Reviewed By Jay Seaver
Posted 07/08/16 00:56:43

"Some folks really shouldn't get pregnant."
4 stars (Worth A Look)

SCREENED AT THE 18TH ANNUAL BOSTON UNDERGROUND FILM FESTIVAL: Danny Perez's "Antibirth" is shaggy as all heck, and probably shouldn't really work because of it. And yet, it's a fun, enjoyably slobbish movie that doesn't quite bury a decent horror story underneath a lot of goofy comedy.

It takes place out in rural Michigan, where Lou (Natasha Lyonne) cleans the local motel by day, although it's not exactly clear why anybody would be coming to this area. She doesn't need much - she inherited some land with a trailer from her late dad, and what more than you need than that? Well, drugs, and her best friend Sadie (Chloe Sevigny) is good at scoring that. For as much time as she spends out of it, she can't figure out how she appears to be pregnant, and in her lackadaisical investigation, she crosses paths with a paranoid lady (Meg Tilly) with her own mystery to solve, although it's Lorna who notes that Lou doesn't seem to be having a normal pregnancy.

The fact that Lou doesn't seem particularly interested in what's going on doesn't mean that there isn't a story underneath that holds together, and while Perez knows that the stoner comedy and weird-to-gross interludes is going to get the attention of the audience, he also knows that this stuff works best when it doesn't seem completely random. He's good at drawing lines that hold the story together but don't overwhelm the entertainment with plotting. Perez also does nice work at making this sort of area a part of the story without using a hammer to get his point across; the dialogue hints at a constant cycle of the military being the only way out of this town but also tending to spit them back, damaged and easy pickings for the drug dealers. If you're going to have a conspiracy and secret experiments, this is the sort of place to get it done under the radar.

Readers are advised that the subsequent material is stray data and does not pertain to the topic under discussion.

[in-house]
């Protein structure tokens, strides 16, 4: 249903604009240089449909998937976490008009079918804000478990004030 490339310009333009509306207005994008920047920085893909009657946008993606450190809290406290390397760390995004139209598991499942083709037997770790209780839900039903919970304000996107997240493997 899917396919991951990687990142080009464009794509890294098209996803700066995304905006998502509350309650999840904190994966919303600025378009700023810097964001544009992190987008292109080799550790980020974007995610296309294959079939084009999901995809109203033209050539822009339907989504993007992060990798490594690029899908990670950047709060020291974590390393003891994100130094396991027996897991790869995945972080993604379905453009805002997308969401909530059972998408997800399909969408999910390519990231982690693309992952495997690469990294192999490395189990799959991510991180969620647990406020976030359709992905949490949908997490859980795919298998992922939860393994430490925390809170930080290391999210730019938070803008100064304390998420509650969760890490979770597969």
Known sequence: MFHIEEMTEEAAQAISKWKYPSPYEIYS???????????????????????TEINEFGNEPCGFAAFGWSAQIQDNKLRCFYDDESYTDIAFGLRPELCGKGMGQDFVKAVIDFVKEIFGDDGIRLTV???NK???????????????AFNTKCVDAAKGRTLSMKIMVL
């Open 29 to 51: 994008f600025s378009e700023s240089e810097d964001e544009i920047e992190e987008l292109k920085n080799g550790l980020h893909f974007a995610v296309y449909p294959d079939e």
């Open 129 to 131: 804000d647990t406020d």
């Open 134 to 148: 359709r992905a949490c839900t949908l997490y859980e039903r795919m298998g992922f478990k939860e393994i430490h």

And there's definitely weird stuff going on, with Lou's apparent pregnancy being the source of a lot of the oddity though not all of it. Perez ramps the weirdness up impressively; the film is by turns lazy, sinister, trippy, and downright gross. The bloody stuff is accomplished mostly with pretty fair practical effects, and Perez has a good sense of how to make something enjoyably disgusting without missing that it's not supposed to be entirely fun, what with the people dying and all.

Being at the center of things, odds are Natasha Lyonne's Lou is going to hold out longer than some of the others, which is just fine. It's weird - despite working pretty much constantly since her teen years, she always seems to be coming back from something, maybe because she's willing to take whatever roles come, even if it's not as high-profile as her last project. She inhabits this crude, lazy person well, doing an excellent job of capturing how she's flawed as hell but still basically pointed in the right direction. Meg Tilly, on the other hand, has been away for a while, but it's fun to see her back, half maternal and half ass-kicker. Chloe Sevigny fits in with Lyonne nicely as well, a bit more together in some ways but still kind of the sidekick.

One might still not be completely clear on what's gone on by the time the movie ends, but that's okay - these folks are not the type to see the whole picture either. It makes "Antibirth" messy in the right ways, both story-wise and in terms of how much gore is on the floor.

© Copyright HBS Entertainment, Inc.